'One of the main points of the report is that there is absolutely nothing bad about the method itself. GM is just a method to get DNA into plant cells. The question of what purpose we should be using it for is absolutely an important question to think about, but there is nothing wrong with the method itself.'
In the case of the potato project, Prof Jones said the method involves using a bacterium called agrobacterium, which occurs naturally in soil and typically causes crown gall.
'We have removed the genes (from the bacterium) that have this undesirable trait of causing uncontrolled growth, and replace it with what we want to put in,' he said. 'It delivers DNA into the plant cell. It is the Royal Mail of DNA, and the delivery method is completely benign.'
In response to suggestions that genetically-engineered crops have not reached their promised yield potential, Prof Jones said: 'It is a bit of a 'straw man' argument. 'When people talk about yield improvement, they are not talking about the intrinsic performance of the plant. They are talking about the potential to harvest useful output from that crop.
'It (GM) does not improve the intrinsic performance of the soya bean, for example, but it makes it a lot easier to control the weeds in a soy bean crop and get a decent performance. You could get the same result if you used lots of herbicide.
'My question to those who disagree with this is: What is your alternative recommendation to soya farmers about how to control weeds?'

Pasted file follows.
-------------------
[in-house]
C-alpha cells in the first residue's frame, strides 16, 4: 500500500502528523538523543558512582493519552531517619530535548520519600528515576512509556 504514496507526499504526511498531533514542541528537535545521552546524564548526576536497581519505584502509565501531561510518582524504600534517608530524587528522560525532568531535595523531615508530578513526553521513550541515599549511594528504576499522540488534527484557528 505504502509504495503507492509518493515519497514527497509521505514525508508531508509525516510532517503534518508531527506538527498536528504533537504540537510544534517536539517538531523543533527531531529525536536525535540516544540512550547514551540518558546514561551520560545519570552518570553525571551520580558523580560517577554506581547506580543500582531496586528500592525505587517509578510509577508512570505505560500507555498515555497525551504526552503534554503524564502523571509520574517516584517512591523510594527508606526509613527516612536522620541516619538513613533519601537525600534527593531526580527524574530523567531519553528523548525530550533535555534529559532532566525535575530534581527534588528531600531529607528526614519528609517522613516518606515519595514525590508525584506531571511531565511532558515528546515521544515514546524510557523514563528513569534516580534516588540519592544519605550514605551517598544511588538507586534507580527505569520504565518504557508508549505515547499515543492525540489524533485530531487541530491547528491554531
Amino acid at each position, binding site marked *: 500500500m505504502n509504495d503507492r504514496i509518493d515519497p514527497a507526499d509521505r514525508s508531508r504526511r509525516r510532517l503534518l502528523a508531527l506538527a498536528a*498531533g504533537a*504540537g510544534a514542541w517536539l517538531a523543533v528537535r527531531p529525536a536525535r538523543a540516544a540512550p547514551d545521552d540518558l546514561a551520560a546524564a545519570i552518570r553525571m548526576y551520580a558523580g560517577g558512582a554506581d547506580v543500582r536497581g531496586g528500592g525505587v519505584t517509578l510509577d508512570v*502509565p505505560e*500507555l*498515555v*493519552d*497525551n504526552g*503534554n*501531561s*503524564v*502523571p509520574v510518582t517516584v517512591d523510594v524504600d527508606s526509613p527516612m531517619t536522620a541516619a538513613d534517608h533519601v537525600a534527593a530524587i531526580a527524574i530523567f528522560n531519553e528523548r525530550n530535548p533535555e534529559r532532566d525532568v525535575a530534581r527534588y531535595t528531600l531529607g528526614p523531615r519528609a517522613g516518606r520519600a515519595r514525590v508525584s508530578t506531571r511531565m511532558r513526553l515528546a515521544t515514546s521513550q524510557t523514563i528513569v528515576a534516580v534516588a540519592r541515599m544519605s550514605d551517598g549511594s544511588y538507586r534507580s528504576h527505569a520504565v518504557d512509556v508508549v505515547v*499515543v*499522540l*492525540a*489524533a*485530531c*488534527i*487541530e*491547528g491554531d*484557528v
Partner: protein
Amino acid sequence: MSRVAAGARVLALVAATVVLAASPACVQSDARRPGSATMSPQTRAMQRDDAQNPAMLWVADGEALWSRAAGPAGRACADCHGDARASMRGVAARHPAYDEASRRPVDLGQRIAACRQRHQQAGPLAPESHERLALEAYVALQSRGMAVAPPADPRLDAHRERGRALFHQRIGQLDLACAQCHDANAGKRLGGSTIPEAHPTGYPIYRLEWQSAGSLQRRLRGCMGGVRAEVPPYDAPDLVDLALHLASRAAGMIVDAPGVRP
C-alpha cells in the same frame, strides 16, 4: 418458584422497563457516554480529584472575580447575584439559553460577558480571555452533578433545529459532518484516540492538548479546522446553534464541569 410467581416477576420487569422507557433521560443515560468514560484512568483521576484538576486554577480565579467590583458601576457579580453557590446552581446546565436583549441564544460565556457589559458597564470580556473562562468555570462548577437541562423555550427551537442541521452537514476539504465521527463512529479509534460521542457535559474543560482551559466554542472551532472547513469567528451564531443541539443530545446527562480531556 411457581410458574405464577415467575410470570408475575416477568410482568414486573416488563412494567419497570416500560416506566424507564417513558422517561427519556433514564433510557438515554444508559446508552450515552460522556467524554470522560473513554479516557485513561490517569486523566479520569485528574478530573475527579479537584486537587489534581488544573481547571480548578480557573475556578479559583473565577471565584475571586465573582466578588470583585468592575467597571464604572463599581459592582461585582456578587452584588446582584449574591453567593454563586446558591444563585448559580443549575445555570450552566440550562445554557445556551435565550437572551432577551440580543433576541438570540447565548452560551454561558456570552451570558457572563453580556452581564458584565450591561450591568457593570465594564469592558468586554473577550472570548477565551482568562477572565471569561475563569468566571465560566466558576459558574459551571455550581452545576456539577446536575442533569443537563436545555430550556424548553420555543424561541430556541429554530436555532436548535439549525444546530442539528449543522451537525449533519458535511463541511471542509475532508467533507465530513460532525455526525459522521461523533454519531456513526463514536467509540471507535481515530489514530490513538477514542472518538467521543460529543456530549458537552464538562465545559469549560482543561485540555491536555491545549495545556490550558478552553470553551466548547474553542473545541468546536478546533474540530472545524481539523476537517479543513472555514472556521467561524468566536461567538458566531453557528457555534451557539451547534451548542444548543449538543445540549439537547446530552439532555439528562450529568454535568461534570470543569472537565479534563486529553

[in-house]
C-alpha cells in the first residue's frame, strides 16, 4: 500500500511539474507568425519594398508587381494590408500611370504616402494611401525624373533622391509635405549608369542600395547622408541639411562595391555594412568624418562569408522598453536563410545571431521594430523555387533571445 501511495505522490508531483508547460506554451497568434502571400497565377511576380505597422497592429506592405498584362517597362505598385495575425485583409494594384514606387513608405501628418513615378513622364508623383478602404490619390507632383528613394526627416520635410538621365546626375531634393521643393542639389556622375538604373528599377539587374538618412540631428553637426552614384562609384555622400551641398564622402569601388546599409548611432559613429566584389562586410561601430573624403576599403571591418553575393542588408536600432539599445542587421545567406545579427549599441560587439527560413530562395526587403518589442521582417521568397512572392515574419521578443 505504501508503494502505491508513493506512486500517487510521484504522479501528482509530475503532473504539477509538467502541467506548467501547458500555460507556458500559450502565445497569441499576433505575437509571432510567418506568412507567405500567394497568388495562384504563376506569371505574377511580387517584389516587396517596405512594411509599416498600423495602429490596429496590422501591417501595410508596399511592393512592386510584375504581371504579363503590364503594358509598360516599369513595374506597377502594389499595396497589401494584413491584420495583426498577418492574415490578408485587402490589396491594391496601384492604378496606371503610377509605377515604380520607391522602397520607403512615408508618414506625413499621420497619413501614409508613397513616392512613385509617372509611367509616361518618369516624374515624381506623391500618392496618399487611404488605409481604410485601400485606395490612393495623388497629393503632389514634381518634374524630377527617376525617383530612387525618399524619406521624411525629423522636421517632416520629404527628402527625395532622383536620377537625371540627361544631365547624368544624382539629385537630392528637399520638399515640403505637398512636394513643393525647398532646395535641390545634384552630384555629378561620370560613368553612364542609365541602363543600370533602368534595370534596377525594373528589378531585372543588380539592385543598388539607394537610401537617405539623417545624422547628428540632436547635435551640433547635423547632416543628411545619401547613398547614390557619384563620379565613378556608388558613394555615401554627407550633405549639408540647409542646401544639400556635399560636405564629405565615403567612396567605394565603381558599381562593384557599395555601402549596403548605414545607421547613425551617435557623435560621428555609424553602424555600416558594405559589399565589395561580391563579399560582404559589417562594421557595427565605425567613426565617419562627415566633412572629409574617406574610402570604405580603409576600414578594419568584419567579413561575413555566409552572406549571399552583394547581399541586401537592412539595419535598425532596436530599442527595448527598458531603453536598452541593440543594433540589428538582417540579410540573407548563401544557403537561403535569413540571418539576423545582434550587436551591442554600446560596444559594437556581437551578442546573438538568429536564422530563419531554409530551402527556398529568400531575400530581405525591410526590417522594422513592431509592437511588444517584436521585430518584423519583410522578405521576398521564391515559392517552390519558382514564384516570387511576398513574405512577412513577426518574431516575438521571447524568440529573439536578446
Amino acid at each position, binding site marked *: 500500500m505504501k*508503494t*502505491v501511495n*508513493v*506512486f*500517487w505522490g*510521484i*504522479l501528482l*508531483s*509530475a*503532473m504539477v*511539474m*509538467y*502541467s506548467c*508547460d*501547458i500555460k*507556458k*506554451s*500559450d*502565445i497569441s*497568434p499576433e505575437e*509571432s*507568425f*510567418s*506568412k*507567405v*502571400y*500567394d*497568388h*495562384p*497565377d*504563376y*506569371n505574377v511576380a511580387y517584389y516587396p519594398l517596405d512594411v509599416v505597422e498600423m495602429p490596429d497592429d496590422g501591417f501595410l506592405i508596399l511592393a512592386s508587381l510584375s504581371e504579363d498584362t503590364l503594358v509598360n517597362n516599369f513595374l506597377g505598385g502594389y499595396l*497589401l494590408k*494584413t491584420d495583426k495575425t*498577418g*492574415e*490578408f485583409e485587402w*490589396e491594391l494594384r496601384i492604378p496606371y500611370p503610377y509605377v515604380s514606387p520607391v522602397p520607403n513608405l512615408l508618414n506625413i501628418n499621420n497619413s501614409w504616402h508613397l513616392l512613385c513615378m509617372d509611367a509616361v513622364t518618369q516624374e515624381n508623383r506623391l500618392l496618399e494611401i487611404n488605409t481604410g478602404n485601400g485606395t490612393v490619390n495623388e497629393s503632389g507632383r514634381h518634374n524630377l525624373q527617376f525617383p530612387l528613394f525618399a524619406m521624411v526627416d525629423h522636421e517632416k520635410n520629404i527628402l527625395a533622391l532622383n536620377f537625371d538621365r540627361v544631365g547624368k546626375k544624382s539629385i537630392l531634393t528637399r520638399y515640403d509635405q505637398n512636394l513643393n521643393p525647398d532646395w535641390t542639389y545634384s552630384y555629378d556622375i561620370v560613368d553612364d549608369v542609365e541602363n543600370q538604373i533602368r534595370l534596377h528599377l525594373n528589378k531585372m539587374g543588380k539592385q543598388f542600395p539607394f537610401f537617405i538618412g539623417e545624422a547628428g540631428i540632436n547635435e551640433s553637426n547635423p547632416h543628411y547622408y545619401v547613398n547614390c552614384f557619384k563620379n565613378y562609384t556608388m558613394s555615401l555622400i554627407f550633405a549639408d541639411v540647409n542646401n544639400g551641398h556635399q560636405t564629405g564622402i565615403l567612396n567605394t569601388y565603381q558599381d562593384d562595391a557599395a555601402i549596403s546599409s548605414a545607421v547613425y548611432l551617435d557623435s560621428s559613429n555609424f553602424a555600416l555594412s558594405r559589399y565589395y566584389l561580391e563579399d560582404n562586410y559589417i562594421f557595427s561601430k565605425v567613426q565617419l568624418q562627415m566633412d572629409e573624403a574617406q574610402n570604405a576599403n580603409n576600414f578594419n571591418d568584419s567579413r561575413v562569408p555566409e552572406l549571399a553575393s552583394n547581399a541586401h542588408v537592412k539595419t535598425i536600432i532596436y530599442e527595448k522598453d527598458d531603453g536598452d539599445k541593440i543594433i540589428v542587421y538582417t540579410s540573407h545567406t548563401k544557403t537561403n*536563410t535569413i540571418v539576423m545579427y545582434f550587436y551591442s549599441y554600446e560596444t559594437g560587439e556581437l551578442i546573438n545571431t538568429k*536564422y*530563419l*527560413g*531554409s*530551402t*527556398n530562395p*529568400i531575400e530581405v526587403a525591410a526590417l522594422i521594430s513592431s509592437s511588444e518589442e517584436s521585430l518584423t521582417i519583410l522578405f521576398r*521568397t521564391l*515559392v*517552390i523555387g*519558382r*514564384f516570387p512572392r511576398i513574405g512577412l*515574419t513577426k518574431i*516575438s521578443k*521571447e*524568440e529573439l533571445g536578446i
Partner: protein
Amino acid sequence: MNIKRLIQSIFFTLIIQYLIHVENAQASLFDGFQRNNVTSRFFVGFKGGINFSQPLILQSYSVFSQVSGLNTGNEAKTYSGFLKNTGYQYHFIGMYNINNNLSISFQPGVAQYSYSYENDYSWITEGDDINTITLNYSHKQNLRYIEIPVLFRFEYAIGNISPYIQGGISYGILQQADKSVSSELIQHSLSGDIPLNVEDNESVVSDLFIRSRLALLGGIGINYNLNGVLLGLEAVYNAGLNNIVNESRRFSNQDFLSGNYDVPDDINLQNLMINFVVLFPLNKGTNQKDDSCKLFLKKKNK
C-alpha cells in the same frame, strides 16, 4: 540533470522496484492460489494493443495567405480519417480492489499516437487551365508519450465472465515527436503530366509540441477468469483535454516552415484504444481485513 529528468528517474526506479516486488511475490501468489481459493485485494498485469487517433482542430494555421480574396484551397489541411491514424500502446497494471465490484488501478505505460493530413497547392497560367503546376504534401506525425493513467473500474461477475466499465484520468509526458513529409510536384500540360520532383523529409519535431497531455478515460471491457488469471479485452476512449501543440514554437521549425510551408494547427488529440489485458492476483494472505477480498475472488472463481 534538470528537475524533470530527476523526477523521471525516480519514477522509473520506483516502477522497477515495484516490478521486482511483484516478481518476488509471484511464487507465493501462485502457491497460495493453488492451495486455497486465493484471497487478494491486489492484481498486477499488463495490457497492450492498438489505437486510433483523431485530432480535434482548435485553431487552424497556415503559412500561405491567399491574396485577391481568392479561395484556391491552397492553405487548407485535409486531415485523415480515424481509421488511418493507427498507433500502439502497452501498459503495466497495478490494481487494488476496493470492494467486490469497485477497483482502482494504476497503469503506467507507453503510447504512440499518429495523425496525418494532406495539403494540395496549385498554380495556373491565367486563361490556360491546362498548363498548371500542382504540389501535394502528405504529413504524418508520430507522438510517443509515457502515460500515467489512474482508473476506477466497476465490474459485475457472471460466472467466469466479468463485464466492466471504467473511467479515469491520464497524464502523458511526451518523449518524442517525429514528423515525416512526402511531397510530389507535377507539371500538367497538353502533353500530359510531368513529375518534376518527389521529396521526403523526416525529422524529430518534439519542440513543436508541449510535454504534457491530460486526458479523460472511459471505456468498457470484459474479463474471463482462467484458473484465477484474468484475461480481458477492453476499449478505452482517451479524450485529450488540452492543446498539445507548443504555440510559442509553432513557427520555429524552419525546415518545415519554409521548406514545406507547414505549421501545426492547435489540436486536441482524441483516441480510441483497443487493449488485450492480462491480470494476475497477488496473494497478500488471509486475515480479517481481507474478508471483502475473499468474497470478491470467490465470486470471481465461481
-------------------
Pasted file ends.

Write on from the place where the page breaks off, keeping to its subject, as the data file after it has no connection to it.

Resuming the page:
The project team aims to generate enough suitable plants to start testing them in the field in 2017.
A previous field trial in 2011/12 found that a single gene had conferred blight resistance into potatoes, but the aim of the next one will be to assess how that variety performs against potatoes with three sources of resistance to blight, plus other beneficial traits.
TSL researcher Dr Marina Pais said: 'We will have our control plants, which are normal Maris Piper potatoes, then we have these transgenic plants with single resistant genes, and then hopefully the stack.
'The idea is we plant them in May and we look at them throughout the season and if late blight comes I want to see if my plants are still alive, while the control plants get infected and die. That would be a good result. In principle, it is best if the infection happens naturally.
'The goal of the field trial is to test the performance of the plants in a real situation, so it will be great to get the plants out of the labs and the glasshouses. I am in plant science to help solve problems. That is what I always wanted to do. So to see plants out in the field is a step towards it.'
Peter Melchett, who runs an organic farm near Hunstanton in west Norfolk, was one of 28 volunteers arrested for ripping out a trial crop of GM maize from a farm in Lyng in 1999 – although all were later acquitted of criminal damage.
Now, as the policy director at the Soil Association, he remains steadfastly opposed to GM technologies, including the Sainsbury Laboratory's new blight-resistant potato trial.